Date of this Version
Thesis (M.S.)—University of Nebraska—Lincoln, 1994. Department of Textiles, Clothing and Design.
This study uses an inductive research design to approach customer satisfaction from the perspective of the small apparel retailer. Social exchange theory served as a theoretical framework. The small apparel retailers interviewed in this study had businesses in non-metropolitan communities located in counties with an agricultural, trade, or diversified economic base. Using a qualitative methodology, hypotheses were generated for future study of small apparel retailers’ definition of customer satisfaction. The work done in this study proposes that customer satisfaction, from small apparel retailers’ perspective is a dynamic, multidimensional process requiring the constant evaluation of exchanges that take place between the retailer and the customer. These exchanges are related to and often require the balancing of merchandise selection, store policies and procedures, and retailer-customer interaction, both in the store and the community.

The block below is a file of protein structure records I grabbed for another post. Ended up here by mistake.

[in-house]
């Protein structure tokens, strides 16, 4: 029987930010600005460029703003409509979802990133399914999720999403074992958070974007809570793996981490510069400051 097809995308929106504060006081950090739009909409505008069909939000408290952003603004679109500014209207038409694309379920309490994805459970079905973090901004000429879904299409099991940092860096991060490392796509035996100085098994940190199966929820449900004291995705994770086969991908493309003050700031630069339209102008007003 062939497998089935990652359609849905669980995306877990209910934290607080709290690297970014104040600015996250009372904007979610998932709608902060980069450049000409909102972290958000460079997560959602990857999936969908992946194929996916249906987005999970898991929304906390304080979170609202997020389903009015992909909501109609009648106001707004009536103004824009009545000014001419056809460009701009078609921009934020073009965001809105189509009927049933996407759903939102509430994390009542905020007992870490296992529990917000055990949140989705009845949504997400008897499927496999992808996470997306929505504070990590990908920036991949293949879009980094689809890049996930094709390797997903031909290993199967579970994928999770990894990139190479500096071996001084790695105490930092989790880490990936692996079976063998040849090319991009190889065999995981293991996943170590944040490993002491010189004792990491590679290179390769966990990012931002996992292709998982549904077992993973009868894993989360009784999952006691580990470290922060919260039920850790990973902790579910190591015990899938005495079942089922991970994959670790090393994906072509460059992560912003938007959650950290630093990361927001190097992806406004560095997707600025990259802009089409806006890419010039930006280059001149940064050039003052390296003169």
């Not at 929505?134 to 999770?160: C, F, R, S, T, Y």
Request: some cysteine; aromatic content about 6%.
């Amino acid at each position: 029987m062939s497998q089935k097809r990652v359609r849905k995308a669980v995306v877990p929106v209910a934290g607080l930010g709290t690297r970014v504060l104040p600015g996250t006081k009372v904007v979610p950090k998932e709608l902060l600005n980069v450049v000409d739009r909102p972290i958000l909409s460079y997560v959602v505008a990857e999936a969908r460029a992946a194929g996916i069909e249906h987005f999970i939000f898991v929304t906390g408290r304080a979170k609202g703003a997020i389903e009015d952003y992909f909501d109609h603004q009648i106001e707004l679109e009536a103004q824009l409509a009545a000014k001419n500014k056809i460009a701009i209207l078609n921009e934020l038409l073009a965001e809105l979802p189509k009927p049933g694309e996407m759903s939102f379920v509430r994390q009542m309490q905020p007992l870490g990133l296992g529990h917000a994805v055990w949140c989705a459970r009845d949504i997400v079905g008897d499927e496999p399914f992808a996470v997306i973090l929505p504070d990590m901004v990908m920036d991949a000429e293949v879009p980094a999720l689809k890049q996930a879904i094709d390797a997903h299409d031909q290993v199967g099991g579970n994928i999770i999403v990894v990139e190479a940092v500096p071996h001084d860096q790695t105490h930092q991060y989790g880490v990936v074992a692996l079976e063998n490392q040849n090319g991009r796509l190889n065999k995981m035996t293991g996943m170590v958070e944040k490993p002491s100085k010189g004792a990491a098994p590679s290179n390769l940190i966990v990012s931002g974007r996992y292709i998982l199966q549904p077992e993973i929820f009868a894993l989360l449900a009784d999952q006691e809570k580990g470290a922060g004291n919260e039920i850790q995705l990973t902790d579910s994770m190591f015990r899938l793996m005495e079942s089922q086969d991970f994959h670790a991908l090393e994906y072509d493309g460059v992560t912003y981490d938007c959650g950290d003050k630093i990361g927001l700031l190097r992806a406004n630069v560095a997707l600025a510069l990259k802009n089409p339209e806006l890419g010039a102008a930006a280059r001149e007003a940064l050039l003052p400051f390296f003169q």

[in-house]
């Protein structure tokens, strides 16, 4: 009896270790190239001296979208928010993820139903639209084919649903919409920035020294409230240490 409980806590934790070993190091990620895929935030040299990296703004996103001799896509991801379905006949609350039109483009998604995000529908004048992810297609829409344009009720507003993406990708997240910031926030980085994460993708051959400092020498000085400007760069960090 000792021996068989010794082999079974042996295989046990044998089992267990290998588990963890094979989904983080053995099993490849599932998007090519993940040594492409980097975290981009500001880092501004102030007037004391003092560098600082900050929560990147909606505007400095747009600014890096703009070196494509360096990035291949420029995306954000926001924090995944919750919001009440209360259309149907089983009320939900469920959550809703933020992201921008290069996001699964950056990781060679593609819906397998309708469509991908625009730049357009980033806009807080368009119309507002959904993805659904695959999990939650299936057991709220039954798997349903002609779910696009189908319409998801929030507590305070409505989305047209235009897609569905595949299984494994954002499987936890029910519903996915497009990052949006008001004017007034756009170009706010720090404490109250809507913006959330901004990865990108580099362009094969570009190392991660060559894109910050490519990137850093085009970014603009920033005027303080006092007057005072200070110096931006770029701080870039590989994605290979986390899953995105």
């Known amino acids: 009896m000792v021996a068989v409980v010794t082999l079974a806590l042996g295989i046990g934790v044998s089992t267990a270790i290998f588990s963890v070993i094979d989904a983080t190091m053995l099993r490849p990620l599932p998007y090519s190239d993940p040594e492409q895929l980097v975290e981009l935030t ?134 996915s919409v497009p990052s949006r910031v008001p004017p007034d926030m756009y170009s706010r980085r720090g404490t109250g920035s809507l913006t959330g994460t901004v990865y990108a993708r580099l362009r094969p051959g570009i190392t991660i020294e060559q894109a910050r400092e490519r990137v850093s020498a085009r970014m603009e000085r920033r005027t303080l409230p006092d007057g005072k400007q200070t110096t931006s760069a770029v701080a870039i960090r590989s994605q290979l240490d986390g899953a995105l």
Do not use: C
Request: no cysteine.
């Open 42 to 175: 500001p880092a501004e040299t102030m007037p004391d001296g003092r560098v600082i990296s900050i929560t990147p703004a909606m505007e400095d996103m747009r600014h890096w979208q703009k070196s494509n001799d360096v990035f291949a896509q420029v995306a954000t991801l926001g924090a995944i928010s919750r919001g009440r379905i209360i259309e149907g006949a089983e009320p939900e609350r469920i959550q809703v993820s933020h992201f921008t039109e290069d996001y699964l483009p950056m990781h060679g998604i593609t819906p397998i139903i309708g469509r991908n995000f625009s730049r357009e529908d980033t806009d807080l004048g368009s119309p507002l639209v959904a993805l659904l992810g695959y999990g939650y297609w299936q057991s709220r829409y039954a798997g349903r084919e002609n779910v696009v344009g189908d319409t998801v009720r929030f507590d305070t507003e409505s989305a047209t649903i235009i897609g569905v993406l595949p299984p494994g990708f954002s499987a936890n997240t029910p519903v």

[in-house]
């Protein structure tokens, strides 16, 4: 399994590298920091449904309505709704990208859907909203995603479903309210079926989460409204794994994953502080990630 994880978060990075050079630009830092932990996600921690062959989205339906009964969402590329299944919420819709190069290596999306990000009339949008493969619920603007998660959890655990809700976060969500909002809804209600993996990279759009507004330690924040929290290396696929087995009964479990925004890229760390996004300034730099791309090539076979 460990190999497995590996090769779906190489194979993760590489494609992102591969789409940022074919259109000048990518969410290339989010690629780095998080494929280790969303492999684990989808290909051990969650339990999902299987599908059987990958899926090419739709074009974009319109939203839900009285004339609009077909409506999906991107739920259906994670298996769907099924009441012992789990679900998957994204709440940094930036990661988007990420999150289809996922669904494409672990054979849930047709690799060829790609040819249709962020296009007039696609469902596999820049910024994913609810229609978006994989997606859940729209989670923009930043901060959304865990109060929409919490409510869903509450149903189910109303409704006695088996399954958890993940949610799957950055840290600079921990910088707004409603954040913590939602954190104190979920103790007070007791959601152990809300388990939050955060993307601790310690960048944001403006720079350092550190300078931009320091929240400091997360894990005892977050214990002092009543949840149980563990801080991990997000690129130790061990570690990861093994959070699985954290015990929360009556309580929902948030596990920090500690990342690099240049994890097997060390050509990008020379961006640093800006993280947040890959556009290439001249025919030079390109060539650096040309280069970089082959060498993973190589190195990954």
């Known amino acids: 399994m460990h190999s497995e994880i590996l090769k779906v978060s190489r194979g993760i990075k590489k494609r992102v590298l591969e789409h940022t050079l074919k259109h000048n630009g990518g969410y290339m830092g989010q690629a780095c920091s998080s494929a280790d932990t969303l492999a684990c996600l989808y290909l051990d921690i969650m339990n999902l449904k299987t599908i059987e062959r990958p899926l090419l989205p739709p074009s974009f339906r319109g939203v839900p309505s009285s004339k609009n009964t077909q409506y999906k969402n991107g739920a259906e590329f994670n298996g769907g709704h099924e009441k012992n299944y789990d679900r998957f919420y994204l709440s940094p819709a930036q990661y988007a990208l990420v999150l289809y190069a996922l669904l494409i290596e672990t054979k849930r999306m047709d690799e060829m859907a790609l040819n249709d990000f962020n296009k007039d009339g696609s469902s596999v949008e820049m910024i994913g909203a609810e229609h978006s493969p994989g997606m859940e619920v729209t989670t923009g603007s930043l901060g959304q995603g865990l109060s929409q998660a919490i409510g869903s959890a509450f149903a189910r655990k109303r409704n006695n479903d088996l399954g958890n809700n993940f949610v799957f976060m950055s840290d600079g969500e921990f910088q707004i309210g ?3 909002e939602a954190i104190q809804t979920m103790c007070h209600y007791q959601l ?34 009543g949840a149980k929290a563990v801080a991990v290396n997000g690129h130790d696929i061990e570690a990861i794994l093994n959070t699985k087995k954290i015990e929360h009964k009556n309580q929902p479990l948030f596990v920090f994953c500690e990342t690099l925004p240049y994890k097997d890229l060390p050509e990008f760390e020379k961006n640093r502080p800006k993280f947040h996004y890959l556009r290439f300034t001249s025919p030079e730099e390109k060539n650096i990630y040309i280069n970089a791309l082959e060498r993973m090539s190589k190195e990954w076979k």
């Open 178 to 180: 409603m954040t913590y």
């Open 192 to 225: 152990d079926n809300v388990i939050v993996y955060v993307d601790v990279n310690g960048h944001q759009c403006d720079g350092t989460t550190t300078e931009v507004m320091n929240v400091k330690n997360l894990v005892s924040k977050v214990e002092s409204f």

Advisor: Rita Kean